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St. Gangolf

Saint Gangolf of Burgundy

Martyr

Gangulphus, also known as Gangolf among other variations, was born to a prominent Burgundian noble family in the eighth century. A true model of Catholic nobility, Gangolf was deeply pious, good to the poor, and treated all under his rule with justice and moderation. He served his king loyally in battle when called upon, while actively preaching the Gospel wherever he went. He did not marry wisely, however, and his wife was regularly unfaithful to him whenever he was away from home. Gangolf was deeply ashamed of her sinful and scandalous behavior, but dealt with the situation quietly and patiently. He separated from his wife physically, leaving servants and funds enough to care for her needs, and took up a life of penance and reparation. Yet his wife resented his continued attempts to convert her, and sent her paramour to murder Gangolf in his bed at night. The assassin succeeded in mortally wounding the nobleman, who died after receiving the sacraments, in the year of Our Lord 760. His widow and her lover both died of illness soon after the murder, while Gangolf was hailed as a martyr. In the region of Europe around Burgundy, he is still known as a patron of difficult marriages and victims of adultery.

 

Traditional Roman Martyrology for May 11th

AT Rome, on the Salarian road, the birthday of blessed Anthimus, priest, who, after having distinguished himself by his virtues and preaching, was precipitated into the Tiber, in the persecution of Diocletian. He was rescued by an angel, and restored to his oratory. Being afterwards decapitated, he went victoriously to heaven.

The same day, St. Evelius, martyr, who belonged to the household of Nero. On seeing the martyrdom of St. Torpes, he believed in Christ, and for Him was beheaded.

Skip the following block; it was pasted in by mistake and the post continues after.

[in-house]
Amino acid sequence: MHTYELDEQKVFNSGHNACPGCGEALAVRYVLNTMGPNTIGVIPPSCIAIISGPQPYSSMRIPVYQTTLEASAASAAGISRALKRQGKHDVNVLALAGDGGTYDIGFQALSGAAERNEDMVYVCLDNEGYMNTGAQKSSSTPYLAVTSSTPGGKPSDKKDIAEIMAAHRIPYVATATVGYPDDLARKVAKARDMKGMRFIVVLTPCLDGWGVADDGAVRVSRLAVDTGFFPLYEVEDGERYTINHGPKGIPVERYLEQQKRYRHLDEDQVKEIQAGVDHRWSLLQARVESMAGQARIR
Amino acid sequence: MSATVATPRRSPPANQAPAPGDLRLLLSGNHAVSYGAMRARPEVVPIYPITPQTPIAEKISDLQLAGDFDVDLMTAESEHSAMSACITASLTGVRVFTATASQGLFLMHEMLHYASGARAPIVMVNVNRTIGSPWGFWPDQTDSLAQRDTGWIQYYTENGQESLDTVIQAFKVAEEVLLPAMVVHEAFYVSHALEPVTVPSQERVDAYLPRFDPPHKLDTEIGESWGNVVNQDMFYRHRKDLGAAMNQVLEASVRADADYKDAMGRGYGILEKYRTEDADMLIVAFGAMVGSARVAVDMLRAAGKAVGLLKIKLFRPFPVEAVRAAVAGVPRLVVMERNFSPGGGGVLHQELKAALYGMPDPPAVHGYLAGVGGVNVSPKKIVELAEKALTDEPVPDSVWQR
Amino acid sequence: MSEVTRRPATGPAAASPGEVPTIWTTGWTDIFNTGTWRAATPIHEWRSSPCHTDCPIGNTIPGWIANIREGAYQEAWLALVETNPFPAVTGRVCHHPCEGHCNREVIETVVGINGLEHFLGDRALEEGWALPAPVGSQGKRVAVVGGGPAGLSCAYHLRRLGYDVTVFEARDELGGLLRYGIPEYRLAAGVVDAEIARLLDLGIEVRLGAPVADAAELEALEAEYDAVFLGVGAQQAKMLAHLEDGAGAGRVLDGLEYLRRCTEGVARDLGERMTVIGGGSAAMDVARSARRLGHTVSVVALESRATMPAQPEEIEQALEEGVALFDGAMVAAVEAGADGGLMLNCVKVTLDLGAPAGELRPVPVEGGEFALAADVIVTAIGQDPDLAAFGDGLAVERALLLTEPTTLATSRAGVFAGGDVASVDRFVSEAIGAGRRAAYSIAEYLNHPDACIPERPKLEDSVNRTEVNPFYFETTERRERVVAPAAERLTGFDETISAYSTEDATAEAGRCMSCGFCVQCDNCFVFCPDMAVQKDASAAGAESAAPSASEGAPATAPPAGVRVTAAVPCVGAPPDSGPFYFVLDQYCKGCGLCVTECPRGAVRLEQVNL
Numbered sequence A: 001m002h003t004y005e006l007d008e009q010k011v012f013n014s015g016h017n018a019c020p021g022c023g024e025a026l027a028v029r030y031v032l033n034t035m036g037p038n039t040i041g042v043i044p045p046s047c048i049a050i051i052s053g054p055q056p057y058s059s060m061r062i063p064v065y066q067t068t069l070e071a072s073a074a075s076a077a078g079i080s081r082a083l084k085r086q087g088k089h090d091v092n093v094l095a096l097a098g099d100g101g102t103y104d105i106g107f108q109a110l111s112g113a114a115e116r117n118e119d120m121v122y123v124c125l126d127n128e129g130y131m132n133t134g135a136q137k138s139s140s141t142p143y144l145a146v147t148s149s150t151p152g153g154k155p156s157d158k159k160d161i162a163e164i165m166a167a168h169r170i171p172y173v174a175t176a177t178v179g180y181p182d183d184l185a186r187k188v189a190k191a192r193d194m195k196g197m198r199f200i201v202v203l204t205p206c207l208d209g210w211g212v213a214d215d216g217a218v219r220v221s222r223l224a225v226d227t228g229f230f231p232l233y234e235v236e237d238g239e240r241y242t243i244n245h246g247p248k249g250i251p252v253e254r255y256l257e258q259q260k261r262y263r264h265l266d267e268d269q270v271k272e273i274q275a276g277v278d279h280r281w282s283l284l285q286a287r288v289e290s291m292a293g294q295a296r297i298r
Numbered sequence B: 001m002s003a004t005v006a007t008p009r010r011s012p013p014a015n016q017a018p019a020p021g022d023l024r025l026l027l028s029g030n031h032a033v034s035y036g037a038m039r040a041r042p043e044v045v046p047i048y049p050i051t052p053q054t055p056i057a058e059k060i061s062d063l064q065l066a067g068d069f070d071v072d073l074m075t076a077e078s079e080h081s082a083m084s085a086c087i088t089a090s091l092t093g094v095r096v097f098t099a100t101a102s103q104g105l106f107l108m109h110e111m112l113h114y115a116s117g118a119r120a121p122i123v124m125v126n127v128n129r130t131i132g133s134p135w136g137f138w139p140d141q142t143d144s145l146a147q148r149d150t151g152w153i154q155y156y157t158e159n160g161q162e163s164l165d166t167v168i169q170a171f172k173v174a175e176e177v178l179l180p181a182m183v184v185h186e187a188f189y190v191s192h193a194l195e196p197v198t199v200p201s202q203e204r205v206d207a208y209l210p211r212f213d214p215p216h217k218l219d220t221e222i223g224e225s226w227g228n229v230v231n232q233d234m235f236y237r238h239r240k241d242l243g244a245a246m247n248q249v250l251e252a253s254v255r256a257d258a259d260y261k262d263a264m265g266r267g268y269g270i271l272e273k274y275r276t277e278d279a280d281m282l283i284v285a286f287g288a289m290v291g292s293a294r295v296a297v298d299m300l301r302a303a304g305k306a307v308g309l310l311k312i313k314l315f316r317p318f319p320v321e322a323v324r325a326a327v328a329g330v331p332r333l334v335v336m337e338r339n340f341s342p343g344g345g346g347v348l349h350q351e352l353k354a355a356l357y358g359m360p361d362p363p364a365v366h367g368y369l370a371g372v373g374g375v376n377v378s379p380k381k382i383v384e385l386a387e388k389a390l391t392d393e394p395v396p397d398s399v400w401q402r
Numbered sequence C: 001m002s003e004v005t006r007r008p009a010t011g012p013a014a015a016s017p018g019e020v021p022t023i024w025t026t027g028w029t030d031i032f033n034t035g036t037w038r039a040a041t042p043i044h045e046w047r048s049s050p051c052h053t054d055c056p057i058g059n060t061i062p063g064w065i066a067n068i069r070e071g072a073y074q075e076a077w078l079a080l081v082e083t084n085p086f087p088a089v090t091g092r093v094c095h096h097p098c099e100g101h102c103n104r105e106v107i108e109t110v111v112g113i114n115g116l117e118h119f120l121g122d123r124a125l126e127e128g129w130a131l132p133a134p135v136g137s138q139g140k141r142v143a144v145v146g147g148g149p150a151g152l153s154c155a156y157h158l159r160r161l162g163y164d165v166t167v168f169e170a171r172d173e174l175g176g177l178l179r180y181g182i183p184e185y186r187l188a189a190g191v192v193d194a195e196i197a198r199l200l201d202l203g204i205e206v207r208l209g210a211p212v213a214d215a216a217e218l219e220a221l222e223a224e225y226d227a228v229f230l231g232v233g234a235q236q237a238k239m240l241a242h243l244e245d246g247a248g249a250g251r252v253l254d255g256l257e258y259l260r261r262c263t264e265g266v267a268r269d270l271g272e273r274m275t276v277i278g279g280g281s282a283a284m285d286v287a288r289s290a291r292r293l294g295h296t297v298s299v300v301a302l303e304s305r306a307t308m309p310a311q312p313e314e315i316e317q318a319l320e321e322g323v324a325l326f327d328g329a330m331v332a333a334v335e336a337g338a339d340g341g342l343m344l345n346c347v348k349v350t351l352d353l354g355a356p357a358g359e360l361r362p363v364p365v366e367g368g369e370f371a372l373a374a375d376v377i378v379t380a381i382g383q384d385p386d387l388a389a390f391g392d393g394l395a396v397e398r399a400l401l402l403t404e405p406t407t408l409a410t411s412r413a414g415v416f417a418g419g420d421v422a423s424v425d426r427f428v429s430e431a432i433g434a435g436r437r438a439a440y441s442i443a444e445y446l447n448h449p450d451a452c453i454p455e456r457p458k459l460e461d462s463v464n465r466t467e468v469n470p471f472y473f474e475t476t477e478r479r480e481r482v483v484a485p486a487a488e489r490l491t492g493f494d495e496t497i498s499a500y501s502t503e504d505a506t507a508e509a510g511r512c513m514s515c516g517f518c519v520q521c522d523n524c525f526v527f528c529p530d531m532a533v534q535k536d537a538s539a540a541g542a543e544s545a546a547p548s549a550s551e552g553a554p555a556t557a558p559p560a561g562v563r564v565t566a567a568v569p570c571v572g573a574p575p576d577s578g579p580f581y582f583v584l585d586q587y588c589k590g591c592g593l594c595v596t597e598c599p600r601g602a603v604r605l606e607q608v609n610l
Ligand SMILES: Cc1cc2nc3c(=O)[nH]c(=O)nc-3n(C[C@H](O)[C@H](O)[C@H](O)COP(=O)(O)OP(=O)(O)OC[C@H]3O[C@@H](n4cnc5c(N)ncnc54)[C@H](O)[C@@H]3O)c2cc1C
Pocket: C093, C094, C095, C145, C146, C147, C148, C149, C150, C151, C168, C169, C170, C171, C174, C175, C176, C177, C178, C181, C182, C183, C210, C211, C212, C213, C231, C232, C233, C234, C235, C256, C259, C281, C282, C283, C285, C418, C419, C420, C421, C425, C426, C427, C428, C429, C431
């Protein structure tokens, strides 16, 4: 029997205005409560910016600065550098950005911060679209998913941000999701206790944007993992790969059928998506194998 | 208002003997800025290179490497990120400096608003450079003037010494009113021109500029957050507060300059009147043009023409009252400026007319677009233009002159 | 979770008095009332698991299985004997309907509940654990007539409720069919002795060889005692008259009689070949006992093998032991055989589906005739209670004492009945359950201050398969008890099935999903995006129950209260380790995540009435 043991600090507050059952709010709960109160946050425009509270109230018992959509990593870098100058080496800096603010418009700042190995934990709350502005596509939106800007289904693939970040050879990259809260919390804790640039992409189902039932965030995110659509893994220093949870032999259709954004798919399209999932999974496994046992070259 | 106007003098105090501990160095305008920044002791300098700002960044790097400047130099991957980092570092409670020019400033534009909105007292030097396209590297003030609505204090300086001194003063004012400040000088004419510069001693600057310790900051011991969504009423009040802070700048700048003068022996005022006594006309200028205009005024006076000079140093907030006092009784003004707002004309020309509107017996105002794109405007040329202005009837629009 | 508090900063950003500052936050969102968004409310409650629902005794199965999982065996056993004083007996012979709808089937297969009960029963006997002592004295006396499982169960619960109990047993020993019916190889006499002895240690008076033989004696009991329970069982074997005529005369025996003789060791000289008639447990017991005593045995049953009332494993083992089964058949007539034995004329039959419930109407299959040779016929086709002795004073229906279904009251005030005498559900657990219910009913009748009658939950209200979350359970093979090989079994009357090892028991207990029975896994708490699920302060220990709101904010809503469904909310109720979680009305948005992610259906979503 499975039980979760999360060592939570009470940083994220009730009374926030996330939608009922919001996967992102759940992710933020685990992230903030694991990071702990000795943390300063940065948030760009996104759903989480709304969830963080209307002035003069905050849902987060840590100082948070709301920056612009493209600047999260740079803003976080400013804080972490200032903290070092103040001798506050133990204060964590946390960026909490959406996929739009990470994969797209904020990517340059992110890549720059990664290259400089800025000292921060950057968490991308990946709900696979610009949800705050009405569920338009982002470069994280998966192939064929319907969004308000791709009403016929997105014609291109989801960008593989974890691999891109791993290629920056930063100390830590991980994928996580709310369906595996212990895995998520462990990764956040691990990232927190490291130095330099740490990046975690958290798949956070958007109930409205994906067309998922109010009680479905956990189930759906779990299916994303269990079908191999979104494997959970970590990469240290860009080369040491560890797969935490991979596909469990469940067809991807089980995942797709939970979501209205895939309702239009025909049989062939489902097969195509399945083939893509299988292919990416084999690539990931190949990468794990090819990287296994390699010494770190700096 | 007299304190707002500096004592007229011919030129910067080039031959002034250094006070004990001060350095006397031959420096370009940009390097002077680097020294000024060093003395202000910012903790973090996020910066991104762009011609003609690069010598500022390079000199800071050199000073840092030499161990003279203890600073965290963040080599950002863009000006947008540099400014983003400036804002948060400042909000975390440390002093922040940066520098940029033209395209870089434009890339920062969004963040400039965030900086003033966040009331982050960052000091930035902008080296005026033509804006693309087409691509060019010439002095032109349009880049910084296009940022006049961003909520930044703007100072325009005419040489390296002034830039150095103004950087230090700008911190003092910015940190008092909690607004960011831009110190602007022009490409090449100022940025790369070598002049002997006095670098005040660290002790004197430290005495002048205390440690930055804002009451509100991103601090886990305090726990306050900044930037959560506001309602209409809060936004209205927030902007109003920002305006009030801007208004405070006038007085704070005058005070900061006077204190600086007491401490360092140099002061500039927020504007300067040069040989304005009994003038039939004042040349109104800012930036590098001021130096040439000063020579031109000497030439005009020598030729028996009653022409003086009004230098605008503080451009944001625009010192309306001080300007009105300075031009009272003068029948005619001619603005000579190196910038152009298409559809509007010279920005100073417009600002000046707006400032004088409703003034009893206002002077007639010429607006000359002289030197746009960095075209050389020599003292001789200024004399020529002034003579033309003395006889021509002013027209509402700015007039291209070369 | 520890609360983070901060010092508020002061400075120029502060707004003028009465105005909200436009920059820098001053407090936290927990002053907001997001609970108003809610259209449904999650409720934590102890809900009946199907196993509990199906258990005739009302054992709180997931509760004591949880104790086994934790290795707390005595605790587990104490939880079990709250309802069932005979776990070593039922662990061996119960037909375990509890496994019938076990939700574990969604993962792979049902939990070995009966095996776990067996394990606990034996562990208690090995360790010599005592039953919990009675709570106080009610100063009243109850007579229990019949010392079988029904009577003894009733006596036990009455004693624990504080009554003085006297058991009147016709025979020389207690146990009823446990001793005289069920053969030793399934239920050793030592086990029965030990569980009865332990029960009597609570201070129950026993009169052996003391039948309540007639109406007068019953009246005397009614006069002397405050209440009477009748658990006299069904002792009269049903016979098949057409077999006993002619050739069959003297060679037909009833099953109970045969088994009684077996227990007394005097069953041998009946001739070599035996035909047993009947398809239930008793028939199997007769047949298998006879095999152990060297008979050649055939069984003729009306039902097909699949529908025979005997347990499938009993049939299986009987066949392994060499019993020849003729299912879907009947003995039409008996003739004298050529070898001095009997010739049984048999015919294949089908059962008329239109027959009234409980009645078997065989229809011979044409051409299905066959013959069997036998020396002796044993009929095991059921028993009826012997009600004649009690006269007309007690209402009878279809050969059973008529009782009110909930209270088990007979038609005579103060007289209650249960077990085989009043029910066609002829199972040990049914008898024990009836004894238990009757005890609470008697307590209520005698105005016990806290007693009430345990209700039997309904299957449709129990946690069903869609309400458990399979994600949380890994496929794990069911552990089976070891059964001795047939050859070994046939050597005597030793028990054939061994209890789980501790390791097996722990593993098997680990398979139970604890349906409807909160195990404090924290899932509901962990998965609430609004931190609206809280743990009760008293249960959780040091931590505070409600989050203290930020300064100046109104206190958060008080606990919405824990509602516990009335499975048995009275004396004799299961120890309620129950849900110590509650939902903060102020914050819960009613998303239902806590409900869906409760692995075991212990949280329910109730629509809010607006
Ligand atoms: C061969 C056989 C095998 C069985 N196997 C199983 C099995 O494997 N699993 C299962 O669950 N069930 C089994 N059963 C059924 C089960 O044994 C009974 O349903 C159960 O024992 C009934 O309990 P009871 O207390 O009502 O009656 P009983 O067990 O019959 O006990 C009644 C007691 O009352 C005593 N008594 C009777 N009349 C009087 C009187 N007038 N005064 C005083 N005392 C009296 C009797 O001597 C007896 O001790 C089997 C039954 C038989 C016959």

Also, at Rome, the holy martyrs Maximus, Bassus, and Fabius, who were put to death on the Salarian way, in the time of Diocletian.

At Camerino, the holy martyrs Anastasius and his companions, who were killed in the persecution of Decius, under the governor Antiochus.

At Osimo, in the March of Ancona, the holy martyrs Sisinus, a deacon, Diocletius and Florentius, disciples of the priest St. Anthimus, who consummated their martyrdom under Diocletian by being overwhelmed with stones.

At Varennes, St. Gangulpus, martyr.

At Vienne, St. Mamertus, bishop, who, to avert an impending calamity, instituted in that city the three days’ Litanies immediately before the Ascension of our Lord. This rite was afterwards received and approved by the universal Church.

At Souvigny, the decease of St. Maieul, abbot of Cluny, whose life was distinguished for merits and holiness.

At San Severino, in the March of Ancona, St. Illuminatus, confessor.

At Grottaglia, in the diocese of Taranto, St. Francis Girolamo, confessor, of the Society of Jesus, renowned for his zeal for the salvation of souls, and for his patience. He was canonized by pope Gregory XVI. The day of his death is celebrated with great solemnity in the church of the professed house, at Naples, where his body rests.

℣. And elsewhere many other holy martyrs, confessors, and holy virgins.

℟. Thanks be to God.

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